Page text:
Import Nintendo’s first breakout hit game system from the exotic Orient.
It would be a very different world today if the Famicom were never released. Sure, at some point the post-Atari U.S. video game market would have been revitalized. But the American gaming industry might have remained under the total control of American companies. Or, Sega might have climbed unimpeded to the top of the Japanese game industry, then proceeded to dominate the rest of the world.
But in 1983, Nintendo did release the Family Computer—quickly dubbed the Famicom for short by abbreviation-happy Japanese consumers—and within months it was a smash success in Japan. It was such a success that Nintendo decided to bring it to the United States as the Nintendo Entertainment System. The rest, as they say, is history.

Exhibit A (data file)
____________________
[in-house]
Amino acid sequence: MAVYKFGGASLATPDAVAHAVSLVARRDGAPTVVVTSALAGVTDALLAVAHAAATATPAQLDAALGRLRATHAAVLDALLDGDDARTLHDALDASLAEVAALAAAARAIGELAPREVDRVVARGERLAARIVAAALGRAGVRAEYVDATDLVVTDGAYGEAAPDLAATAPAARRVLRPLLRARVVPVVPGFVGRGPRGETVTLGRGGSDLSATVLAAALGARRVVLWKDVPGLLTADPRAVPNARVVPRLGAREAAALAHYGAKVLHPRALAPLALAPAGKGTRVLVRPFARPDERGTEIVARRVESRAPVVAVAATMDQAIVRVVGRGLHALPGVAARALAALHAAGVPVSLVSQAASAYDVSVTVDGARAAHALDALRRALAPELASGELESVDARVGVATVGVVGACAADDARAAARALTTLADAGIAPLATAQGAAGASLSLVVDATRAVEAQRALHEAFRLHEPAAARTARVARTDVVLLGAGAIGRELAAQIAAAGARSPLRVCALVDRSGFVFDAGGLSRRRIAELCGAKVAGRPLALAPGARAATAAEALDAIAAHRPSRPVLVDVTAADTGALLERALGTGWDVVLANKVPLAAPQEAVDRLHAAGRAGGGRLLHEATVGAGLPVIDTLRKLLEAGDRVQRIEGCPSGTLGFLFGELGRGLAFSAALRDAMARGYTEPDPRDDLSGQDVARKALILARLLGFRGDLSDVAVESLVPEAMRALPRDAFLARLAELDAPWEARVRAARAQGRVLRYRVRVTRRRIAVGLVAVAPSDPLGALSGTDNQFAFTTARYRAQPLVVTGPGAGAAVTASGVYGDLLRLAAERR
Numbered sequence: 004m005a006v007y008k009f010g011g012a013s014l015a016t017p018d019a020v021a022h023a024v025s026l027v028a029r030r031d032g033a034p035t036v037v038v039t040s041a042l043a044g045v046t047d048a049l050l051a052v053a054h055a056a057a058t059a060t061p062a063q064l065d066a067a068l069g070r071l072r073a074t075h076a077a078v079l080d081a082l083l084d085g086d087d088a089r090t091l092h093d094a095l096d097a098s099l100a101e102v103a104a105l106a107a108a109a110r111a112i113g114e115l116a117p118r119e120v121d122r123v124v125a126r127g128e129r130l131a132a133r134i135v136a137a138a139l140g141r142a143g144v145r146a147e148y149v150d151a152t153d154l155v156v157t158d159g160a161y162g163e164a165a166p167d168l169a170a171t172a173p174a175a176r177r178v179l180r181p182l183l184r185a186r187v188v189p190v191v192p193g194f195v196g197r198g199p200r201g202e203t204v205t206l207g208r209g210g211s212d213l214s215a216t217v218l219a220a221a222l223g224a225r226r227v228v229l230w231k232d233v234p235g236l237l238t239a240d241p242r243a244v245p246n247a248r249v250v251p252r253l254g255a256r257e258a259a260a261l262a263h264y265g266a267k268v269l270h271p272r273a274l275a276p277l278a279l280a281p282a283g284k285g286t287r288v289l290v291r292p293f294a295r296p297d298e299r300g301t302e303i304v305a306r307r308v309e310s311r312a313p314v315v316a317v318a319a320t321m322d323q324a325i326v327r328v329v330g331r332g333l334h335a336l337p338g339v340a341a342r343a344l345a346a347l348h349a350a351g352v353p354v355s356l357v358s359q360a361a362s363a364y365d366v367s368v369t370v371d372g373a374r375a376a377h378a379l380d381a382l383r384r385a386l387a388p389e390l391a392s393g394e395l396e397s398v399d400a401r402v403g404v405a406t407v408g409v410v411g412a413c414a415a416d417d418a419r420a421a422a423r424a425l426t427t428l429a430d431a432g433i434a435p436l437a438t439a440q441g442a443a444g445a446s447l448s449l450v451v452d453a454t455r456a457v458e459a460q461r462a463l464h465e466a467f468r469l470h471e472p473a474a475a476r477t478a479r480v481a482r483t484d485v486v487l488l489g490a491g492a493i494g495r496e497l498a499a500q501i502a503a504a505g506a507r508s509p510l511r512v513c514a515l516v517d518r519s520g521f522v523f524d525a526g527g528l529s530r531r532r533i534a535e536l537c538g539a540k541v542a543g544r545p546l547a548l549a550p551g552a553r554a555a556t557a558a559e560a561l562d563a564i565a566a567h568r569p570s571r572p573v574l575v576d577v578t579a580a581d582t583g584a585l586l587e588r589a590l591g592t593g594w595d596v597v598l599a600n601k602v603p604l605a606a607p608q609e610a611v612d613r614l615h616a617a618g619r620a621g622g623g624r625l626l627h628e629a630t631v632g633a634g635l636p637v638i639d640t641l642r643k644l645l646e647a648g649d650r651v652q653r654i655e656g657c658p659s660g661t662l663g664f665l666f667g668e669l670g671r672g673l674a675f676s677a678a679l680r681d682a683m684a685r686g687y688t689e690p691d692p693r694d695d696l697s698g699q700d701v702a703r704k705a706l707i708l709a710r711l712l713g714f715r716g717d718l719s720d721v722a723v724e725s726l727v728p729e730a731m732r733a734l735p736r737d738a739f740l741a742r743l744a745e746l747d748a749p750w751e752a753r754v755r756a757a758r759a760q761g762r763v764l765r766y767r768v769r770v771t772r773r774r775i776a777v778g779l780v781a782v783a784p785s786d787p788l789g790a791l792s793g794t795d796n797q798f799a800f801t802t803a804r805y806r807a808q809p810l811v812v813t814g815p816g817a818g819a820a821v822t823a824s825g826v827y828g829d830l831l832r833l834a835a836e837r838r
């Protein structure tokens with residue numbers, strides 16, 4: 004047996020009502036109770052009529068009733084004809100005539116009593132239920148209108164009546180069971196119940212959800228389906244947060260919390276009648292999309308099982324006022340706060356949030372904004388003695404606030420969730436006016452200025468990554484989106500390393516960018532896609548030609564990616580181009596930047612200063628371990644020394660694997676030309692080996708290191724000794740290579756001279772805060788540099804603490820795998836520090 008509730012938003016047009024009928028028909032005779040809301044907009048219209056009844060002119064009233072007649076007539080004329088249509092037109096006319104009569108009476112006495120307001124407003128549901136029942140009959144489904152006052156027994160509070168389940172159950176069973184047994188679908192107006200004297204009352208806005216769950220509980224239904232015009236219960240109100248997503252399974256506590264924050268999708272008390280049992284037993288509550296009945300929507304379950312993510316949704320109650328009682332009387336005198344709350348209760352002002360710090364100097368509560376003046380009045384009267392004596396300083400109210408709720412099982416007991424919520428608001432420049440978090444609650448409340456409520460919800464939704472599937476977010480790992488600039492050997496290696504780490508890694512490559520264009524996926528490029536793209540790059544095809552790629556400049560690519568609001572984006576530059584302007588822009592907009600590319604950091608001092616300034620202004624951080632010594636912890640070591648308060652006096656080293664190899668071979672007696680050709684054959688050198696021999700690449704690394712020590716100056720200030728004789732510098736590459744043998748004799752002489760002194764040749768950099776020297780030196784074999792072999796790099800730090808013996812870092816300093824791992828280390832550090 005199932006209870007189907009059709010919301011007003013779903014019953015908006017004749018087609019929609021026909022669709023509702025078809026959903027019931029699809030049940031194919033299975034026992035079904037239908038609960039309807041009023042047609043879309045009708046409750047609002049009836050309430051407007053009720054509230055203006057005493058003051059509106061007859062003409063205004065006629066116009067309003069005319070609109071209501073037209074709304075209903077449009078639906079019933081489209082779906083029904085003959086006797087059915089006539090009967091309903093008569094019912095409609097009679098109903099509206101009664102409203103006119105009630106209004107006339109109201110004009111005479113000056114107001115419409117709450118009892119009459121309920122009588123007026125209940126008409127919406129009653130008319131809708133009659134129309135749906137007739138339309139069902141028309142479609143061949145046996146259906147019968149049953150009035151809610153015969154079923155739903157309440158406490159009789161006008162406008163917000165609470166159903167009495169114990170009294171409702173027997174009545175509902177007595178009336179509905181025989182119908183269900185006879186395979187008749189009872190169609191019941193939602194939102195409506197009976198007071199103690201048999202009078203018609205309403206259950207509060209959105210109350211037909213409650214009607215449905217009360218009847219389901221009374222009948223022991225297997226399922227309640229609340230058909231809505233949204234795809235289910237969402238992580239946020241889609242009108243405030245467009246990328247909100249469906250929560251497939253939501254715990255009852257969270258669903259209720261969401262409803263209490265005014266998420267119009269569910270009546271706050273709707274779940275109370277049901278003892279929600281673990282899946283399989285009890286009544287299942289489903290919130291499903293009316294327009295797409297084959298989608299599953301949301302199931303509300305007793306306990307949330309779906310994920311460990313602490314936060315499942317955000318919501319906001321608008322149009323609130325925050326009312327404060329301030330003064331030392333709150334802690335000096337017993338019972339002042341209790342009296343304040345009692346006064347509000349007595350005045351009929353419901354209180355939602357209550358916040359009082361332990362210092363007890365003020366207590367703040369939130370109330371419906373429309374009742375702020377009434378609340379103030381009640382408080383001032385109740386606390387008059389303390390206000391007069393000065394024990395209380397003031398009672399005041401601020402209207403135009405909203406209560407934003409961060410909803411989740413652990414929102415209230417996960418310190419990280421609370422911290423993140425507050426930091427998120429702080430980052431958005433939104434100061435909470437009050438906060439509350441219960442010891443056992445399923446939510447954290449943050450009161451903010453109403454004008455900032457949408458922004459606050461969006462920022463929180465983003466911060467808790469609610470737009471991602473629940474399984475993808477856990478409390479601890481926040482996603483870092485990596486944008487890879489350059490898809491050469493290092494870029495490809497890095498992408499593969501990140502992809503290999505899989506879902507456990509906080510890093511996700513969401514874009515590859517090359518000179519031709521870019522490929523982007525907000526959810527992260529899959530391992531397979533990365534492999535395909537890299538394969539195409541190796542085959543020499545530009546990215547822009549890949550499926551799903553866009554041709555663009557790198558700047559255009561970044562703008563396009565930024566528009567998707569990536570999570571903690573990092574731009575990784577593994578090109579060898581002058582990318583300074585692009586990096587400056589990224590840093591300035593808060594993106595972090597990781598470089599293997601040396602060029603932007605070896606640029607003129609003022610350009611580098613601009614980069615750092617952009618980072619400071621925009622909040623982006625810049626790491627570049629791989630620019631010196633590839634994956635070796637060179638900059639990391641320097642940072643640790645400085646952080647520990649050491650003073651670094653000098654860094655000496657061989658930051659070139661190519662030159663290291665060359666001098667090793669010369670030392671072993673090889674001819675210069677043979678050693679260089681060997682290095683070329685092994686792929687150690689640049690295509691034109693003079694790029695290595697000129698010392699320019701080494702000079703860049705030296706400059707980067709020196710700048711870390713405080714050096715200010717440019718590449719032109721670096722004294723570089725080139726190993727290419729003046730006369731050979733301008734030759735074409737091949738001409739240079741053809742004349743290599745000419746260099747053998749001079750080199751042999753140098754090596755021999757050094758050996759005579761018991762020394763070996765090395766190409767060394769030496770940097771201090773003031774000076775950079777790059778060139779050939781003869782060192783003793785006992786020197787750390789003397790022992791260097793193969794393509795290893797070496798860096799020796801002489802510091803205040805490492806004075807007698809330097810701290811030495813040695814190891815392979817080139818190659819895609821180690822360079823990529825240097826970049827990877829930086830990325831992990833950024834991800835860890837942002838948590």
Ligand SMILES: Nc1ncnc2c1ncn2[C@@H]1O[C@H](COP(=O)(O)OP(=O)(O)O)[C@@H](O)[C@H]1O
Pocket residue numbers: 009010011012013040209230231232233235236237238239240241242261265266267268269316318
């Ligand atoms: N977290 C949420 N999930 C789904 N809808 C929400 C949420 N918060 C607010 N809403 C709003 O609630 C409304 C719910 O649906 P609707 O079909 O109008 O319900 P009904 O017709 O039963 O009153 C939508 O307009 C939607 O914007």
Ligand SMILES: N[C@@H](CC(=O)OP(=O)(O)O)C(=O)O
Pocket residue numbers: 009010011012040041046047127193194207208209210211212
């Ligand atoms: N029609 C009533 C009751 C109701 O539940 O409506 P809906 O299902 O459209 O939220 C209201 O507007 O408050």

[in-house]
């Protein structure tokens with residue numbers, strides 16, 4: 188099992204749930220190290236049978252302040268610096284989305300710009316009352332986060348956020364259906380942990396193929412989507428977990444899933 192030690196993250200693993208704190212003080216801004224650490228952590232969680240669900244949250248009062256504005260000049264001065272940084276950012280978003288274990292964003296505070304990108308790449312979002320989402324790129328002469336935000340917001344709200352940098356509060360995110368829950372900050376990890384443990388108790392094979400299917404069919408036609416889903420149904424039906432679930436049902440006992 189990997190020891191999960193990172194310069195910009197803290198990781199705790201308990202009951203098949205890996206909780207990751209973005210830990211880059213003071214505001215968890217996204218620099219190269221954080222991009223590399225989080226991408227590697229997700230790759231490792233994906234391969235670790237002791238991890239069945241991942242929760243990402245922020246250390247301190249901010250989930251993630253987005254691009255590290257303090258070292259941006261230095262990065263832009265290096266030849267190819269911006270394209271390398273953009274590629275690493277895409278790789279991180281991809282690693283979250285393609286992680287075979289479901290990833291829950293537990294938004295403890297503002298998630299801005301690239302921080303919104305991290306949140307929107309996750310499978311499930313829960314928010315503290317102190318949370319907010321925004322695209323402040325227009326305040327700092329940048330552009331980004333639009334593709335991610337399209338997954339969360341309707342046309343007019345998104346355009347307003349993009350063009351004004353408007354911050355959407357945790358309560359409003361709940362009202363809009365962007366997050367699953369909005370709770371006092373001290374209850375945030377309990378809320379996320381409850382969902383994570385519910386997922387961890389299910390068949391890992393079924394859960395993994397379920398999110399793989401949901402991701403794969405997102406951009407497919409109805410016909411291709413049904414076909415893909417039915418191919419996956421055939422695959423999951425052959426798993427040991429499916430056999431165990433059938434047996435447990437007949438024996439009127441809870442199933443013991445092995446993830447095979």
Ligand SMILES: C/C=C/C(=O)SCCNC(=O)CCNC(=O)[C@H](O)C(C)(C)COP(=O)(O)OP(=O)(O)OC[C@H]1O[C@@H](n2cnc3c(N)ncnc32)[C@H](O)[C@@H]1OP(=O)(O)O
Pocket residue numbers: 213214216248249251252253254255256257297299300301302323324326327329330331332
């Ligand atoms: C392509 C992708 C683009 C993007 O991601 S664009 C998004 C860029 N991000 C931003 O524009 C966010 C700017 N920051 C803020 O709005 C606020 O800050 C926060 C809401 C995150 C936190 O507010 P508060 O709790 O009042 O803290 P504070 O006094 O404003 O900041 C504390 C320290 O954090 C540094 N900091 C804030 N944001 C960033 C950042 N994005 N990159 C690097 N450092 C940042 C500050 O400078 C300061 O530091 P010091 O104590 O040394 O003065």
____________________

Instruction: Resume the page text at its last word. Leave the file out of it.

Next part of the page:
With the Famicom’s crucial role in revitalizing the U.S. game business, and since it is Nintendo’s best-known product, it’s not surprising that game collectors in the West want to get their hands on one, even if they don’t generally collect imports. There’s just something about the Famicom’s fun design and historical importance that calls to them.
That, and the fact that there are all sorts of games on the Famicom that don’t have U.S. equivalents. This is especially true when you consider the Famicom Disk System, a magnetic-disk-based add-on drive that was never released in the US. Add all this together and the Famicom becomes a pretty desirable piece of kit. But it’s tough to know how to go about getting one [Hack #9] , and which model of the system you should go for. In this hack, I’ll run down the pros and cons of the different Famicom systems you might consider buying, and what important things to watch for when you do.
In general, this hack will not cover the question of where you should buy Famicom hardware. It’s not that I don’t like you or anything, it’s because this information is already given (albeit in a more general sense) in other hacks in this chapter—namely, “Buy Retro Games from Japan” [Hack #9] and “Play with Power: Set Up an NES” [Hack #5] .